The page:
T.S.: Credit Suisse kept supporting business until the very end, doing a very good job with its corporate lending. It is true that founding father Alfred Escher and his peers invested in infrastructure in the 19th century, but the railways were also a risky business. The early years at Schweizerische Kreditanstalt were turbulent, with railway stock prices going up and down. Bankers earned handsomely when things went well, but their bonuses vanished into thin air when stocks plummeted. That is the difference from today. Credit Suisse did make mistakes because of greed, but the bank’s demise was mainly down to the incompetence of the board of directors and management.

We still don’t know enough to pass verdict. A parliamentary inquiry committee has been set up to look into the takeover. However, the bank itself still has a part to play. It should be proactive in producing a comprehensive report on what went wrong at Credit Suisse. It owes Switzerland that much.

Swiss Review: Why this incompetence?

T.S.: From the 1990s onwards, the Swiss big banks turned into international businesses. However, Swiss-managed companies have always had an extremely hard time of it in London and New York, where investment bankers have a completely different mindset. The approach in these English-speaking financial centres sits uncomfortably with Swiss business culture. Furthermore, the Swiss big banks often employed second-rate staff in London and New York, who behaved like mercenaries and were only out to make as much money as they could as quickly as possible.

Swiss Review: UBS took over Credit Suisse in June and is now a huge bank. Will this story end well?

T.S.: Just to give some perspective: the new UBS is smaller than the UBS before the financial crisis – and will probably shrink a bit more. But it is still very big of course, with a balance sheet twice the size of Switzerland’s GDP. Will the story end well? I don’t know. However, it is highly likely that this new banking giant will also find itself in a predicament and need the government to step in. It is already clear that greater regulation will not solve the problem.

Swiss Review: Politicians are nevertheless calling for greater regulation of systemically relevant banks.

T.S.: Banks having more of a buffer, i.e. a greater share of equity, would make sense, I think. But it still wouldn’t make UBS secure, we need to realise that. The global financial system is very fragile. Credit Suisse was struggling, but not so badly off either. It was meeting all the financial regulator’s requirements. But all it takes is something to happen, and the contagion begins. Governments can neither predict nor prevent financial crises. All they can do is mitigate them in time and prevent a catastrophic outcome. But it is hard to know when best to intervene.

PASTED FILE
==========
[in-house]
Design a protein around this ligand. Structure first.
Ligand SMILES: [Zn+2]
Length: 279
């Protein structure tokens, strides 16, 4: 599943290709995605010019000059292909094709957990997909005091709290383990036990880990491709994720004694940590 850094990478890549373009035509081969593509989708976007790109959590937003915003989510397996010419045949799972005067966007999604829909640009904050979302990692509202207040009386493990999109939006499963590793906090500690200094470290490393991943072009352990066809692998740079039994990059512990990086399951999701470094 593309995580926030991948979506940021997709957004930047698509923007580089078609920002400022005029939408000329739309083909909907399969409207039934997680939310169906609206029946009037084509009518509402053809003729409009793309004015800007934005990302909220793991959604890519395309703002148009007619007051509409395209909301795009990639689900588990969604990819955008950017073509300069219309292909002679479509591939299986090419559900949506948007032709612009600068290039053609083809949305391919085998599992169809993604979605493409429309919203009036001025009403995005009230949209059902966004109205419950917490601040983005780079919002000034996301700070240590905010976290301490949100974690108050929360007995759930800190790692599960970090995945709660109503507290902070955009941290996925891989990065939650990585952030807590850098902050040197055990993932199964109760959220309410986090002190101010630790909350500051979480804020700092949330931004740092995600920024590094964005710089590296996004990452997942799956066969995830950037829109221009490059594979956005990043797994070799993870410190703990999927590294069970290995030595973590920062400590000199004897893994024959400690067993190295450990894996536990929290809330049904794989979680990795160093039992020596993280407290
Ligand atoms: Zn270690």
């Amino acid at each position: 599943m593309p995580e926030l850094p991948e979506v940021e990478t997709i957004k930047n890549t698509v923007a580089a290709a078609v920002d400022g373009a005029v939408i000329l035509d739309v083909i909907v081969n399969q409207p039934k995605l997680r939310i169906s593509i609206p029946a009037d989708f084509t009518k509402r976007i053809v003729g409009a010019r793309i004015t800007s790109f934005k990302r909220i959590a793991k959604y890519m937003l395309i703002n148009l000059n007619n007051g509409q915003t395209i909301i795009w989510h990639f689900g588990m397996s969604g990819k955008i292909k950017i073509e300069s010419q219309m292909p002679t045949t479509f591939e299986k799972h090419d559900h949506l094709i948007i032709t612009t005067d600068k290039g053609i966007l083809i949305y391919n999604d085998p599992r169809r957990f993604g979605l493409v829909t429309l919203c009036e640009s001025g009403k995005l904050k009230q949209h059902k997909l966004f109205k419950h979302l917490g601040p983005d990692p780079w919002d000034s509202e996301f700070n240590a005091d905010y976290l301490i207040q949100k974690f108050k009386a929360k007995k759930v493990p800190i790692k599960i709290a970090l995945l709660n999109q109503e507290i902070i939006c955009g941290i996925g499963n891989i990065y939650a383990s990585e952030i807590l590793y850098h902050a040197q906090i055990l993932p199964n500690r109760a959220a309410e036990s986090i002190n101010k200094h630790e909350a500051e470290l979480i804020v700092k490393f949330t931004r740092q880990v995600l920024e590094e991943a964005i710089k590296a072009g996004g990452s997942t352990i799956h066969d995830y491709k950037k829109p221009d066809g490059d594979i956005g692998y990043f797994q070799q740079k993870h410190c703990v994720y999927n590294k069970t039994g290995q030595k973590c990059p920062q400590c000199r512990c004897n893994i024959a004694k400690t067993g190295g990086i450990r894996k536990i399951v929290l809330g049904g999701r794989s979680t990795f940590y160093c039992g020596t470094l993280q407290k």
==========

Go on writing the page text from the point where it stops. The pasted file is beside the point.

Swiss Review: Can a small country like Switzerland still afford to have a major global bank, given the risk?

T.S.: There are advantages to having a big bank on your doorstep offering the full range of services. These advantages would be lost if UBS had to spin off its problematic international operations at the behest of lawmakers, or if it moved its headquarters elsewhere. But you would have more stability.

Foreign subsidiaries would take care of certain areas of business – in much the same way that the airline SWISS covers a specific area of the market for its German parent carrier Lufthansa. It would work. The end of banking secrecy did us no harm either, did it? Is Zurich any poorer than it was before? Quite the opposite.

Swiss Review: How important was being an international financial hub for Swiss prosperity?

T.S.: We overstate the economic importance. The First World War turned Switzerland into an international financial centre, although in 1914, just before the outbreak of hostilities, we were already the richest country on the European continent based on per capita GDP. Industrial activity was the primary driver of that. Industry was highly dynamic and has underpinned Swiss prosperity from the 19th and 20th centuries to the present day. Switzerland only became a financial hub as a result of industrialisation, with wealth management providing a completely new, rich source of income. This has always had its pros and cons from an economic perspective.

Swiss Review: What were the drawbacks?

T.S.: High wages in the banking sector attracted many highly qualified workers, who were then missed in other, more innovative industries. With the banking sector now being less of a draw, there is more scope for other industries and innovations to thrive again. Zurich is also a very successful insurance hub – a more predictable and stable line of business that suits the Swiss mentality much better, I feel.

Source : SWI